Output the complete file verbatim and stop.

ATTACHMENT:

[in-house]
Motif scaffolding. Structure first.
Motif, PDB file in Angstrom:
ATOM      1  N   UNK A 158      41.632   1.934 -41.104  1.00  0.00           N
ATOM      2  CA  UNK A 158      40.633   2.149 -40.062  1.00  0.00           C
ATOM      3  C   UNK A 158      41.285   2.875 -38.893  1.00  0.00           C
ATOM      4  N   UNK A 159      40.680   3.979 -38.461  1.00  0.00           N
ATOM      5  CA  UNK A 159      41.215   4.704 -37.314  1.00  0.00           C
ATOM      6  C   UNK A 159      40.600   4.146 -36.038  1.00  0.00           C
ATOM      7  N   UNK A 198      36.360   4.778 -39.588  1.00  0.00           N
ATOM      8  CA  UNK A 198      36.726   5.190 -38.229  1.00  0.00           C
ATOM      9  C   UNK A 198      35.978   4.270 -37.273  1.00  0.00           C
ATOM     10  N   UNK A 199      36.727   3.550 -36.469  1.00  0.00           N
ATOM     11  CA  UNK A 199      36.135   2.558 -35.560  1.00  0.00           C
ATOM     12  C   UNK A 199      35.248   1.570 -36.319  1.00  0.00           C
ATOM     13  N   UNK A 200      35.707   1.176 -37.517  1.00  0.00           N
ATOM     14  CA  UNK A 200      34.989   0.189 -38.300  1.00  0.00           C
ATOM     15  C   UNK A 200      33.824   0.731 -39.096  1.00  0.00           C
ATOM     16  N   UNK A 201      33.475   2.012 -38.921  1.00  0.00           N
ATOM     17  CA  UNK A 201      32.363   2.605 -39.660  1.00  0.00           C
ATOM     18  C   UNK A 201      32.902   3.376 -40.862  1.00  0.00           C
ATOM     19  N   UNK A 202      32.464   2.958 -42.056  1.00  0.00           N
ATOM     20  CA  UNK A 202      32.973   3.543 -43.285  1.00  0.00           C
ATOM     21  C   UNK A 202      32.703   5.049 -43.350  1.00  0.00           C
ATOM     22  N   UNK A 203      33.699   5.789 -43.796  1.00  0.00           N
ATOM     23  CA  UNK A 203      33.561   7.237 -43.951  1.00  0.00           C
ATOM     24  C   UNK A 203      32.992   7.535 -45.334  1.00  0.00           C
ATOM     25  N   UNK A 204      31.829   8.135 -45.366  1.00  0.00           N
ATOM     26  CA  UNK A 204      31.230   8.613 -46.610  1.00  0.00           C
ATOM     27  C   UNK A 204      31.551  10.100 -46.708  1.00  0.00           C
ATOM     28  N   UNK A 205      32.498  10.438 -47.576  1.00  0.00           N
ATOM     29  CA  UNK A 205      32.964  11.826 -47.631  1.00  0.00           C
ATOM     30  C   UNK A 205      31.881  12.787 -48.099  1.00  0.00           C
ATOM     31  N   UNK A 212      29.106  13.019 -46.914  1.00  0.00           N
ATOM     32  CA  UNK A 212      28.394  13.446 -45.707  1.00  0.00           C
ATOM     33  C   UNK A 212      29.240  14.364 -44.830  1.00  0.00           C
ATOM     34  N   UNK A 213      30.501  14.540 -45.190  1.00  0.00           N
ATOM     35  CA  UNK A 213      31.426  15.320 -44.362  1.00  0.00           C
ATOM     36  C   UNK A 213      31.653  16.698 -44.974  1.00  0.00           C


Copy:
[in-house]
Motif scaffolding. Structure first.
Motif, PDB file in Angstrom:
ATOM      1  N   UNK A 158      41.632   1.934 -41.104  1.00  0.00           N
ATOM      2  CA  UNK A 158      40.633   2.149 -40.062  1.00  0.00           C
ATOM      3  C   UNK A 158      41.285   2.875 -38.893  1.00  0.00           C
ATOM      4  N   UNK A 159      40.680   3.979 -38.461  1.00  0.00           N
ATOM      5  CA  UNK A 159      41.215   4.704 -37.314  1.00  0.00           C
ATOM      6  C   UNK A 159      40.600   4.146 -36.038  1.00  0.00           C
ATOM      7  N   UNK A 198      36.360   4.778 -39.588  1.00  0.00           N
ATOM      8  CA  UNK A 198      36.726   5.190 -38.229  1.00  0.00           C
ATOM      9  C   UNK A 198      35.978   4.270 -37.273  1.00  0.00           C
ATOM     10  N   UNK A 199      36.727   3.550 -36.469  1.00  0.00           N
ATOM     11  CA  UNK A 199      36.135   2.558 -35.560  1.00  0.00           C
ATOM     12  C   UNK A 199      35.248   1.570 -36.319  1.00  0.00           C
ATOM     13  N   UNK A 200      35.707   1.176 -37.517  1.00  0.00           N
ATOM     14  CA  UNK A 200      34.989   0.189 -38.300  1.00  0.00           C
ATOM     15  C   UNK A 200      33.824   0.731 -39.096  1.00  0.00           C
ATOM     16  N   UNK A 201      33.475   2.012 -38.921  1.00  0.00           N
ATOM     17  CA  UNK A 201      32.363   2.605 -39.660  1.00  0.00           C
ATOM     18  C   UNK A 201      32.902   3.376 -40.862  1.00  0.00           C
ATOM     19  N   UNK A 202      32.464   2.958 -42.056  1.00  0.00           N
ATOM     20  CA  UNK A 202      32.973   3.543 -43.285  1.00  0.00           C
ATOM     21  C   UNK A 202      32.703   5.049 -43.350  1.00  0.00           C
ATOM     22  N   UNK A 203      33.699   5.789 -43.796  1.00  0.00           N
ATOM     23  CA  UNK A 203      33.561   7.237 -43.951  1.00  0.00           C
ATOM     24  C   UNK A 203      32.992   7.535 -45.334  1.00  0.00           C
ATOM     25  N   UNK A 204      31.829   8.135 -45.366  1.00  0.00           N
ATOM     26  CA  UNK A 204      31.230   8.613 -46.610  1.00  0.00           C
ATOM     27  C   UNK A 204      31.551  10.100 -46.708  1.00  0.00           C
ATOM     28  N   UNK A 205      32.498  10.438 -47.576  1.00  0.00           N
ATOM     29  CA  UNK A 205      32.964  11.826 -47.631  1.00  0.00           C
ATOM     30  C   UNK A 205      31.881  12.787 -48.099  1.00  0.00           C
ATOM     31  N   UNK A 212      29.106  13.019 -46.914  1.00  0.00           N
ATOM     32  CA  UNK A 212      28.394  13.446 -45.707  1.00  0.00           C
ATOM     33  C   UNK A 212      29.240  14.364 -44.830  1.00  0.00           C
ATOM     34  N   UNK A 213      30.501  14.540 -45.190  1.00  0.00           N
ATOM     35  CA  UNK A 213      31.426  15.320 -44.362  1.00  0.00           C
ATOM     36  C   UNK A 213      31.653  16.698 -44.974  1.00  0.00           C